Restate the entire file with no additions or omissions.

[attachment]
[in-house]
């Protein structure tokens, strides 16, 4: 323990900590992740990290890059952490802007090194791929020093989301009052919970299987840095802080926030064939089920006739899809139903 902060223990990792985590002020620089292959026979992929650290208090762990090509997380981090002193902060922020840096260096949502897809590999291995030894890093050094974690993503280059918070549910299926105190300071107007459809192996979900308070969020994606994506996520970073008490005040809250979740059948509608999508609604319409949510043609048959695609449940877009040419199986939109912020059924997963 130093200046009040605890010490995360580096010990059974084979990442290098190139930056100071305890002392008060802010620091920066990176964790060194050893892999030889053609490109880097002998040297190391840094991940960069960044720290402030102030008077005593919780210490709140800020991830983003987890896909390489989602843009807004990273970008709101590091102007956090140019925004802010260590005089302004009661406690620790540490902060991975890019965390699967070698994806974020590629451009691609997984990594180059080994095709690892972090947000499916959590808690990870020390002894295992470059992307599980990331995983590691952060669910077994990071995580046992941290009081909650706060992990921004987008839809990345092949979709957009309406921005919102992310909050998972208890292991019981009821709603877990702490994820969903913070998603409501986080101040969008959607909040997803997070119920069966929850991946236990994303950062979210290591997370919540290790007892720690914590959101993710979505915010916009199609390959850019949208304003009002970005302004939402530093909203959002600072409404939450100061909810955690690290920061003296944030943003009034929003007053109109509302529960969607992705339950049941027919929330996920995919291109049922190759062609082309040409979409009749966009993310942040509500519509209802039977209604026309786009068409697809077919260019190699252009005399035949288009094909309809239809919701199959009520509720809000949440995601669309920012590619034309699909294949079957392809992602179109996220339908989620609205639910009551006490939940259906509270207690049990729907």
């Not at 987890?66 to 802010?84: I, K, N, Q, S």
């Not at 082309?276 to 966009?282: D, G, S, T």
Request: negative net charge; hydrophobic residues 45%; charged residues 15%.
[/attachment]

[in-house]
């Protein structure tokens, strides 16, 4: 323990900590992740990290890059952490802007090194791929020093989301009052919970299987840095802080926030064939089920006739899809139903 902060223990990792985590002020620089292959026979992929650290208090762990090509997380981090002193902060922020840096260096949502897809590999291995030894890093050094974690993503280059918070549910299926105190300071107007459809192996979900308070969020994606994506996520970073008490005040809250979740059948509608999508609604319409949510043609048959695609449940877009040419199986939109912020059924997963 130093200046009040605890010490995360580096010990059974084979990442290098190139930056100071305890002392008060802010620091920066990176964790060194050893892999030889053609490109880097002998040297190391840094991940960069960044720290402030102030008077005593919780210490709140800020991830983003987890896909390489989602843009807004990273970008709101590091102007956090140019925004802010260590005089302004009661406690620790540490902060991975890019965390699967070698994806974020590629451009691609997984990594180059080994095709690892972090947000499916959590808690990870020390002894295992470059992307599980990331995983590691952060669910077994990071995580046992941290009081909650706060992990921004987008839809990345092949979709957009309406921005919102992310909050998972208890292991019981009821709603877990702490994820969903913070998603409501986080101040969008959607909040997803997070119920069966929850991946236990994303950062979210290591997370919540290790007892720690914590959101993710979505915010916009199609390959850019949208304003009002970005302004939402530093909203959002600072409404939450100061909810955690690290920061003296944030943003009034929003007053109109509302529960969607992705339950049941027919929330996920995919291109049922190759062609082309040409979409009749966009993310942040509500519509209802039977209604026309786009068409697809077919260019190699252009005399035949288009094909309809239809919701199959009520509720809000949440995601669309920012590619034309699909294949079957392809992602179109996220339908989620609205639910009551006490939940259906509270207690049990729907």
């Not at 987890?66 to 802010?84: I, K, N, Q, S």
């Not at 082309?276 to 966009?282: D, G, S, T």
Request: negative net charge; hydrophobic residues 45%; charged residues 15%.